Patients with multiple sclerosis could be helped by Albuterol, a drug used to treat asthma and other respiratory diseases, states a new research study.
Multiple sclerosis (MS) is a chronic inflammatory disease characterized by the degeneration of myelin, which coats nerve cells in the white matter of the central nervous system.
Patients with the condition have been found to have elevated levels of interleukin-12, a biological compound that promotes the generation of a type of helper T cell that may be associated with myelin destruction.
Albuterol sulfate-commonly used to treat bronchospasm, a constriction of the airways within the lungs as often occurs in asthma-may decrease interleukin-12 levels, the authors note.
Samia J. Khoury, of Brigham and Women's Hospital and Harvard Medical School, Boston, and colleagues assessed the effects of albuterol treatment as an add-on therapy for patients starting treatment with glatiramer acetate, currently approved as a therapy for relapsing-remitting MS.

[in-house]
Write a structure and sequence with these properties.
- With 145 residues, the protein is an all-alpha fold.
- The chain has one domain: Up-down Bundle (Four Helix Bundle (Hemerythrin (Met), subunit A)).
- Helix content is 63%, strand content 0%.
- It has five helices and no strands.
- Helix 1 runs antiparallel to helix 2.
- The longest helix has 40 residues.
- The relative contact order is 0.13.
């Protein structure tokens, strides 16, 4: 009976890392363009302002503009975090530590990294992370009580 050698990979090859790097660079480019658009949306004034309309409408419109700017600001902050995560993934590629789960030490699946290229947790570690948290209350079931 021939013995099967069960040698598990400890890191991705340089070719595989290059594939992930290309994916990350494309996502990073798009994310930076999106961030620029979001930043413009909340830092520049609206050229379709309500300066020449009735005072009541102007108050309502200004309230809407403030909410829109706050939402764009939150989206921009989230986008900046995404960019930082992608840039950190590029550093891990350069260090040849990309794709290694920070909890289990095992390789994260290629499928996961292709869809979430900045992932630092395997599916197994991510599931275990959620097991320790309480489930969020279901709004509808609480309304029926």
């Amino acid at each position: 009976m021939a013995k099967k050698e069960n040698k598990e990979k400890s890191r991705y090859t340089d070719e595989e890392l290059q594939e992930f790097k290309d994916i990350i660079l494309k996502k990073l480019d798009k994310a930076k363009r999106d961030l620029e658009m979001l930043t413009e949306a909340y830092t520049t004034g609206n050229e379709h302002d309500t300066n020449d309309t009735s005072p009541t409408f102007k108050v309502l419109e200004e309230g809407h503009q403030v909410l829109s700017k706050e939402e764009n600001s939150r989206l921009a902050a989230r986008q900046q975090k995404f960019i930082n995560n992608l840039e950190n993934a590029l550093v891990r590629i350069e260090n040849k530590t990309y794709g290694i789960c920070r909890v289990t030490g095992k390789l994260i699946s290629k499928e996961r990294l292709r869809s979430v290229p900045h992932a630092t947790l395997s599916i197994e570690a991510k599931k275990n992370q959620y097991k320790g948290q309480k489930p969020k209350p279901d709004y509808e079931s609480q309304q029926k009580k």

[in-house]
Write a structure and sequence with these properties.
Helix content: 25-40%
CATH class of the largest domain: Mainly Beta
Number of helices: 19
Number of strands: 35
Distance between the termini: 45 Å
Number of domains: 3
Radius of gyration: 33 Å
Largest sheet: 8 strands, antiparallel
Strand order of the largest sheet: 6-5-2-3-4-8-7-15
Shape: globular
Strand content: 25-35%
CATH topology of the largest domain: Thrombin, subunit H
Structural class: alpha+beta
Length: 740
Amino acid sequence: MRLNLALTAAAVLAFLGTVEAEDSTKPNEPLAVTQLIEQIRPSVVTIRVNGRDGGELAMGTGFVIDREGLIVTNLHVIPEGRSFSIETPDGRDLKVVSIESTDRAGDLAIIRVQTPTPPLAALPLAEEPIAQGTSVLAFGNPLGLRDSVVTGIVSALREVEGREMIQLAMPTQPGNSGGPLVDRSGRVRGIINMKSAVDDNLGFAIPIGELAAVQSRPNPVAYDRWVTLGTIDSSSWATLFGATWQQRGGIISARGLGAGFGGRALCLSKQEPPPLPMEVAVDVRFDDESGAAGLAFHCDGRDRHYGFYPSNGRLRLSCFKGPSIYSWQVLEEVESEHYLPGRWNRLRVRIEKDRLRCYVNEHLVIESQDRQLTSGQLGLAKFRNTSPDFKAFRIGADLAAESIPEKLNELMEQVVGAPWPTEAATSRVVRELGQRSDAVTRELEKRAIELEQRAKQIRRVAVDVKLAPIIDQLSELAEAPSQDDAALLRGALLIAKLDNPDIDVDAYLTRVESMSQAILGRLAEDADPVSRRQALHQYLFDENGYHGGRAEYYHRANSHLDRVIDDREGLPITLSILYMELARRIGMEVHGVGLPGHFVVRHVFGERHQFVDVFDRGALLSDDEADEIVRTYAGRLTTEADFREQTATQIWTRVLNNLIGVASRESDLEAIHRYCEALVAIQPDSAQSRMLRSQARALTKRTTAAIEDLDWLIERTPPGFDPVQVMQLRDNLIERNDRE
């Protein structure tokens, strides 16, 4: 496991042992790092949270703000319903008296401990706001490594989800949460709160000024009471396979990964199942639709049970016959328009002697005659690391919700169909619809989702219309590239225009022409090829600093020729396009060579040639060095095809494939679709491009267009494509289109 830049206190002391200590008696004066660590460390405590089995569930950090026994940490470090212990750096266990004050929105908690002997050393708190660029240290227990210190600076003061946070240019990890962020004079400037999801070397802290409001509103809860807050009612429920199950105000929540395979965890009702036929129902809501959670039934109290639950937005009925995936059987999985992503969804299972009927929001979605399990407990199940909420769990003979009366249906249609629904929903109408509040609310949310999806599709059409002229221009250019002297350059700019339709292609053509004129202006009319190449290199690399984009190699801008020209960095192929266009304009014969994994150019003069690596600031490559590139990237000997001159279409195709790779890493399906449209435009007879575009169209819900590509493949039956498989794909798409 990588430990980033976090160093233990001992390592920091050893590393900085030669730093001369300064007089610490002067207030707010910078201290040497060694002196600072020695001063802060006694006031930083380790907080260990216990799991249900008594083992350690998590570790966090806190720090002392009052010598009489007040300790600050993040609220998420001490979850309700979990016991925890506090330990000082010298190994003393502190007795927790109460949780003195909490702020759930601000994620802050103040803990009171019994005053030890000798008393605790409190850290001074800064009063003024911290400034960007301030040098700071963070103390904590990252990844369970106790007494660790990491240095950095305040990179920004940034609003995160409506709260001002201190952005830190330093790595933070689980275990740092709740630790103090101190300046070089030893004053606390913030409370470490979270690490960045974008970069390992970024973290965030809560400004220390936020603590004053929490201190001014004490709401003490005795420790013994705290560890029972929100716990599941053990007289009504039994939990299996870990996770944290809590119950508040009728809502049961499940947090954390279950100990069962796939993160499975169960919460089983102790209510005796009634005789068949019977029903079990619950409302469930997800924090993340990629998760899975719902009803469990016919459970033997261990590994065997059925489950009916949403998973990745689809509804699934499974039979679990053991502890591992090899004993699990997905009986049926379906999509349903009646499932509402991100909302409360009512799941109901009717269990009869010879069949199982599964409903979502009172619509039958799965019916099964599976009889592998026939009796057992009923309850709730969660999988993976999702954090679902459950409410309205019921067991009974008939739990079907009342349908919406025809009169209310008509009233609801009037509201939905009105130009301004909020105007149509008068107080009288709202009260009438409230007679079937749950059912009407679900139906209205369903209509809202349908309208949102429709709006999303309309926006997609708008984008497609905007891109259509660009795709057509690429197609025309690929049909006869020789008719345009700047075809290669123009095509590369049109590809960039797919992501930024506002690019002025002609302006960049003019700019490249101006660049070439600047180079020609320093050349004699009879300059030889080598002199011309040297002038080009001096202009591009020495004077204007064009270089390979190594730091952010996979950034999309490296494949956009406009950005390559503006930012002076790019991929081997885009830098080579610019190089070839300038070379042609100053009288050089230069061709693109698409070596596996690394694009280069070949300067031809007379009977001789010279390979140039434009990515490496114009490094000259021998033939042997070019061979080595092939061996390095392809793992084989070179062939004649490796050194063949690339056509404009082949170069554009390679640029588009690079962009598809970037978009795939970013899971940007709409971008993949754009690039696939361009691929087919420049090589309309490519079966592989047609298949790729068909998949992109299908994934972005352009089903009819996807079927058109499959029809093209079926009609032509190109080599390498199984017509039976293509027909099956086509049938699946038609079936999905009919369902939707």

A total of 44 patients were randomly assigned to receive daily subcutaneous (underneath the skin) 20-milligram injections of glatiramer acetate plus either an oral dose of 4 milligrams of albuterol or placebo daily for two years.
Participants were examined by a neurologist at the beginning of the study and at six, 12, 18 and 24 months, and blood samples were collected at the beginning and three, six and 12 months into the study.
Magnetic resonance imaging (MRI) of the brain was performed at enrollment, 12 months and 24 months.
A total of 39 patients participated long enough to contribute to the analysis.
In assessments of functional status, improvement was observed in the glatiramer acetate plus albuterol group compared with the placebo group at six months and 12 months but not at 24 months.
Compared to patients taking placebo, those taking albuterol also experienced a delay in the time to their first relapse.
"We conclude that treatment with glatiramer acetate plus albuterol is well tolerated and improves clinical outcomes in patients with multiple sclerosis. The combined regimen seems to enhance clinical response during the first year of therapy," the authors said.
The study appears in the September issue of Archives of Neurology, one of the JAMA/Archives journals.